Imprisoning Innocents: A Case Study

maherIn my Wrongful Convictions course Tuesday night, I met Dennis Maher, a man who spent nineteen years in prison for rapes he did not commit. His story, and that of far too many others I have learned about this semester, reflects the most heinous failures in our criminal justice system.

Not one, but a string of failures, caused this innocent man to spend the prime of his life (from 23-42 years old) in a cage. First, police detained him because he happened to be near the crime scene wearing the same color sweatshirt as the perpetrator. Then, police used suggestive photo array and line-up techniques. For example, when the victim failed to identify the picture of her attacker, the police officer pointed at Maher’s picture and told the victim that she reacted to that picture. In one of the line-ups, Maher was positioned behind a chair, different from all the other men, subtly suggesting Maher as the culprit.

The victims identified Maher.

False eye-witness testimony is the leading cause of wrongful convictions in America. When the victim points her finger and says, “He did it,” that evidence is almost irrefutable at trial. Indeed, this evidence led to Maher’s convictions despite multiple valid alibis and virtually no physical evidence against him.

Maher’s trial lawyer, who was later disbarred for life, only met with Maher once before trial, offered no defense witnesses other than Maher, failed to cross-examine prosecution witnesses on key points, and in his closing arguments misstated the time frame of Maher’s alibi (indicating that Maher could have committed the rape).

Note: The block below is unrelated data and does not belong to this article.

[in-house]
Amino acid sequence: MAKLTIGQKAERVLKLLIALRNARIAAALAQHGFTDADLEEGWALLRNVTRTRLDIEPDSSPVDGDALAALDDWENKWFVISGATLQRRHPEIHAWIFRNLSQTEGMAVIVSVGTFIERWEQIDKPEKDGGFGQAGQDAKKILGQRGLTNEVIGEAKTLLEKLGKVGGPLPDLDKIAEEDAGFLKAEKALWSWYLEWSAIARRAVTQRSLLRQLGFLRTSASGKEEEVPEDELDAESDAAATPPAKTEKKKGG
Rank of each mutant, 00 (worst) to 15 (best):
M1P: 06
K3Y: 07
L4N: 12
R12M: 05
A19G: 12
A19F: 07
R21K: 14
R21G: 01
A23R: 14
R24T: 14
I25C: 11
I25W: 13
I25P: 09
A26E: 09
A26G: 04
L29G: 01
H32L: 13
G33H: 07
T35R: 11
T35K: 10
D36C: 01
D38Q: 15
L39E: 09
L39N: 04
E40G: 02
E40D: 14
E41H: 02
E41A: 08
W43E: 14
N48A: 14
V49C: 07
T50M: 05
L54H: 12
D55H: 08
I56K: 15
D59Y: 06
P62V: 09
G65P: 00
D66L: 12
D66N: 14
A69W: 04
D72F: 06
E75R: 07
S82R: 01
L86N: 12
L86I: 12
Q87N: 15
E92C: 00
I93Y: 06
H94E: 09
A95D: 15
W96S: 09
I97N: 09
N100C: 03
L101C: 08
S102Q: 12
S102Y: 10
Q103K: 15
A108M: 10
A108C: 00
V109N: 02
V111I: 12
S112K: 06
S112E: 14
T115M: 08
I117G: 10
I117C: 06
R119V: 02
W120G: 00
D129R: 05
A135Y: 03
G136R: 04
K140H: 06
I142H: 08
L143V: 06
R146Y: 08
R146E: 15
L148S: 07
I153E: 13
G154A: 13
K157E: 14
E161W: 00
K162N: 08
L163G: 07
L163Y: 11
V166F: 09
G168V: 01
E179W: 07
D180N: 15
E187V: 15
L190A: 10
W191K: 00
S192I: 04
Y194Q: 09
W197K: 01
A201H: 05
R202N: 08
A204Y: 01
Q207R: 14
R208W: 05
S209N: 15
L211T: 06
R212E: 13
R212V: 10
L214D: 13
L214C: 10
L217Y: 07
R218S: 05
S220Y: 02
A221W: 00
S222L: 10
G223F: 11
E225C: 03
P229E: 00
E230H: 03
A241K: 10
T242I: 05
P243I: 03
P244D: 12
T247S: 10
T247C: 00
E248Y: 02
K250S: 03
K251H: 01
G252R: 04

Nonetheless, in Maher’s later appeal, the judge rejected Maher’s ineffective assistance of counsel claim. The standard for IAC requires appellants to show “deficient” performance and “prejudice”—that the outcome of the trial would likely have been different but for the lawyer’s errors. This is a virtually insurmountable hurdle, especially in hindsight.

The failures didn’t stop there.

After spending over a decade in prison, Maher petitioned to have his DNA cross-checked with evidence from the crimes. The prosecutor opposed this request, and the judge rejected it. Maher spent more time in prison.

Eventually, with the help of the New England Innocence Project and a new lawyer, Maher obtained DNA testing and was cleared from the crimes. After nineteen years in prison, now a middle-aged man, he walked free. He now has a good job, a wife and two children and, miraculously, has managed to live without rage.


The rest of us should be outraged.

When a string of failures by all relevant parties in the criminal justice system dooms an innocent man to prison (while the true culprit remains at large), we all, regardless of our politics, should be deeply disturbed. Maher was a twenty-three-year-old soldier, without even a prior speeding ticket, who happened to be wearing a red sweatshirt. He could be anyone. He could be us.

The silver lining is that, were it not for a few dedicated individuals, Maher would still be in prison. For every cop, lawyer, judge who got it wrong in Maher’s case, there are many out there who are trying to get it right. The question is:  which kind of lawyer are we going to be?

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